I suspect many folks read Scott Horton's work at Harper's.org with great interest but also with a somewhat detached view. Wrongful convictions . . . sleazy prosecutors . . . corrupt judges . . . people being ruined financially . . . people having their freedom taken away for political reasons.
Those are the kinds of things that happen to other people, right?
That would have been my mindset several years ago. But not anymore.
Horton is the nation's primary chronicler of Republican sleaze in the Age of Rove, and he tends to focus on the wrongs that have been committed against prominent political figures--Don Siegelman in Alabama, Paul Minor in Mississippi, Georgia Thompson in Wisconsin, and so on.
Horton's reporting and analysis invariably makes for fascinating reading. And all too often, it hits uncomfortably close to home for your humble blogger. In fact, I'm stunned at the number of times I've been reading a Horton post and said to myself, "My God, this sounds like it's coming right from my own life."
The techniques that Republicans use to cheat and harm innocent people are at the heart of Horton's work. And I've had an up-close-and-personal view of these techniques for going on 10 years now.
Two recent Horton posts provide examples of how his work strikes a chord here at Legal Schnauzer. First there was a post about the release from federal prison of Lanny Young, a chief accuser in the Siegelman case. Horton makes several key points in the post:
* A source told Horton some time ago that Young's two-year prison sentence merely was for show. Young would be released by year's end, the source said. And the source was right on the money.
* The Birmingham News is playing its usual stellar role in selling the Young story to the public. News' reporter Kim Chandler cites two reasons for Young's release: He is being threatened by other prisoners, and he cannot complete a drug-rehab program because of a chicken-pox outbreak in the prison system. Horton makes it clear that he isn't buying either of these explanations.
* The theory behind the prosecution of Siegelman was that he personally benefitted from Richard Scrushy's donation to a campaign. According to that theory, there currently should be 146 criminal investigations of George W. Bush and Karl Rove and people connected to them. Horton notes that 146 individuals made or procured donations of $100,000 or more for the Bush-Cheney campaign and then received appointments in the administration. Some cabinet members are included in this crowd. But where are those prosecutions for bribery and honest-services mail fraud and conspiracy?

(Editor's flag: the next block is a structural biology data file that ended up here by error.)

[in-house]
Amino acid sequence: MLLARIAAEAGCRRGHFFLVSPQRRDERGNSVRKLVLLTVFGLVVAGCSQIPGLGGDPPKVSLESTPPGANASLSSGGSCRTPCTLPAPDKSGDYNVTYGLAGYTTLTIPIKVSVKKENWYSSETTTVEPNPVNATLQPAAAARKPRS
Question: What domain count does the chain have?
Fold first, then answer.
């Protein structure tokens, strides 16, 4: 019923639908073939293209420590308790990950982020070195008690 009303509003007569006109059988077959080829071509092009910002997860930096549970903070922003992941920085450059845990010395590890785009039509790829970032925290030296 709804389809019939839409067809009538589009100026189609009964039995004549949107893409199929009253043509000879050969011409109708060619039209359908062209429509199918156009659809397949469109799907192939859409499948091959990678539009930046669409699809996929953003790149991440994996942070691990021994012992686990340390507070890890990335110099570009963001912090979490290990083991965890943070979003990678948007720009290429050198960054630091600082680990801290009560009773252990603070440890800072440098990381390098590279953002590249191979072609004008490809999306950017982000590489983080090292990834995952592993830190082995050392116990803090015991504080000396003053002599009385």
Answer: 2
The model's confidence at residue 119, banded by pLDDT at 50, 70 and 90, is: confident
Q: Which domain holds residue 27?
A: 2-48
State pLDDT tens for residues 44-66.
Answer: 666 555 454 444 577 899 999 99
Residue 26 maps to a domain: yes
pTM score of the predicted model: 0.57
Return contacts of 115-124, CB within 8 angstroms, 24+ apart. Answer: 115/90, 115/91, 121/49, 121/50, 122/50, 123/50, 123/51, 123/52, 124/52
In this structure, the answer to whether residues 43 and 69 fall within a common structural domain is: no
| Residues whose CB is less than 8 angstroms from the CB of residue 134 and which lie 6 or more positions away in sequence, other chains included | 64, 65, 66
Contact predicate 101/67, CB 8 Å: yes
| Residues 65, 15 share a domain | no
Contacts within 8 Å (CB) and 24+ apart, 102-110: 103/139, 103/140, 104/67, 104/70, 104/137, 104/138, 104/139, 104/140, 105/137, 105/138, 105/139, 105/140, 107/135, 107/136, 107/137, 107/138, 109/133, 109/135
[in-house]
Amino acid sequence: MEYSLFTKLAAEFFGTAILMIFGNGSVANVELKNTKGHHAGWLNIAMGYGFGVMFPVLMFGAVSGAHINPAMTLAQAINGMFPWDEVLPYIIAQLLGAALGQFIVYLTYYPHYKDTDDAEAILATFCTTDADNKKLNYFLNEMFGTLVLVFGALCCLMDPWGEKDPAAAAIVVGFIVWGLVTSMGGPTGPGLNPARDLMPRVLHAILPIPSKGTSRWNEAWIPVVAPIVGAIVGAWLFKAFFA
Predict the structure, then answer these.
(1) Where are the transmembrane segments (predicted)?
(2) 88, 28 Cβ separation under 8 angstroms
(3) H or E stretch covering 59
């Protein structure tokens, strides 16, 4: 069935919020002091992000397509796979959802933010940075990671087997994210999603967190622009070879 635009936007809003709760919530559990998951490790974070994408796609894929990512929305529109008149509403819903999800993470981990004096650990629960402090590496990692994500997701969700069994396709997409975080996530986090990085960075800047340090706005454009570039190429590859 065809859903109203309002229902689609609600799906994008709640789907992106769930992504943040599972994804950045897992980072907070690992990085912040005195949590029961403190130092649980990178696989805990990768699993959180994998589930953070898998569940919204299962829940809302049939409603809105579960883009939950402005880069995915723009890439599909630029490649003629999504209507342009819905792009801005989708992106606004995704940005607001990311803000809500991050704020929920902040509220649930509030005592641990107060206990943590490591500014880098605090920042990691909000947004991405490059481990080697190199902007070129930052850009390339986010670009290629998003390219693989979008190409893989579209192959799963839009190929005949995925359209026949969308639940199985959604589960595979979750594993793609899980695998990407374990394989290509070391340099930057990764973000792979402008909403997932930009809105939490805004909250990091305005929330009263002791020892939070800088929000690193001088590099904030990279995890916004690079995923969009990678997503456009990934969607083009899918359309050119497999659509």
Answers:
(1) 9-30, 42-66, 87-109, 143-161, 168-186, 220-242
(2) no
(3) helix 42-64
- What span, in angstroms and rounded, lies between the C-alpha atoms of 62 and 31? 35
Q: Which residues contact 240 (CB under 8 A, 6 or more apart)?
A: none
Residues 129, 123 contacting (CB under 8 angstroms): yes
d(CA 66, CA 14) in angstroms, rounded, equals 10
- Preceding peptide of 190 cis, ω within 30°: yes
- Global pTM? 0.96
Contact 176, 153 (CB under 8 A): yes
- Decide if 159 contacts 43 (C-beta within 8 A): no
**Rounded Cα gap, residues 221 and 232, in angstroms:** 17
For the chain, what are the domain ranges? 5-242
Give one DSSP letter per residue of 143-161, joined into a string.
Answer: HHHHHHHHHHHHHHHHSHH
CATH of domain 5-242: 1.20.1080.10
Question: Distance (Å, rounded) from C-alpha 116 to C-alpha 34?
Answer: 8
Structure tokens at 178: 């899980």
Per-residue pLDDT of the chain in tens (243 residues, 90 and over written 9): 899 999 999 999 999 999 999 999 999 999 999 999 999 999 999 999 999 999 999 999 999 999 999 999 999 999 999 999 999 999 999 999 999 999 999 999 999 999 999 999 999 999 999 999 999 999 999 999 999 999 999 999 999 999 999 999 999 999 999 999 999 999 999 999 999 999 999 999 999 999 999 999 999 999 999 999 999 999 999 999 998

Horton hits really close to home with his final paragraph, which refers to the shenanigans of U.S. District Judge Mark Fuller, who clearly was biased in the Siegelman case and created an uneven playing field. Horton notes that the U.S. Constitution guarantees citizens the right to an impartial judge.
Horton is referring to the due-process clause of the 14th Amendment. That is what "guarantees" all citizens--me, you, Don Siegelman--the right to an impartial judge. The 14th Amendment also "guarantees" equal protection of the law.
Siegelman clearly did not get an impartial judge or equal protection, and I know what that feels like. I went before Shelby County Circuit Judge J. Michael Joiner, who repeatedly ruled contrary to clear law in favor of the opposing party. And this benefitted the opposing party's attorney, William E. Swatek, who has direct ties to the Alabama and national GOP hierarchy--Bill Canary, Bob Riley, Karl Rove, Alice Martin--through his son, GOP "consultant" and campaign manager Dax Swatek.
Did I get an impartial judge? Not even close. I would have come closer to getting justice in Afghanistan.
And then there is Horton's post about the GOP phone-jamming caper in New Hampshire in 2002. A new book is coming out that will provide details about the scheme, and Think Progress has produced an article showing that the Bush White House was involved.
Three GOP operatives ended up in prison for their involvement in the case. But Horton notes that the prosecution did not come until after the 2004 election.
This kind of politicization of the U.S. Justice Department hits close to home here at Legal Schnauzer. For almost a year and a half, I've provided information to both the FBI and the Birmingham U.S. attorney's office about criminal wrongdoing by Republican judges and at least one lawyer in my case.
The FBI has simply ignored me, even though it has a special Web site for reporting white-collar crime and public corruption. The Web page appears to be legit. But if your allegations are of wrongdoing by Republicans in Alabama, the page is just for show.
U.S. attorney Alice Martin has tried her best to ignore me. But she finally responded once I had her personal e-mail address. And eventually, she made it clear that she was taking affirmative steps to ensure that my case would not see the light of day. I'm sure she thought I would be too dumb to realize that by sending my complaint to the U.S. Postal Inspection Service, she was sending it to the wrong agency--and therefore to oblivion.
But I know exactly what she was pulling, and I will be reporting on the "Malice of Alice" in the near future.
My key point: Don Siegelman, Paul Minor and other powerful folks are not the only targets of GOP dirty tricks. Such tricks also can be used against regular folks like you and me. In fact, just in the past week or so, I've seen signs that dirty tricks are continuing to come my way. Some involve my personal property. And another apparently involves my job. I will be sharing these curious events with readers here at Legal Schnauzer.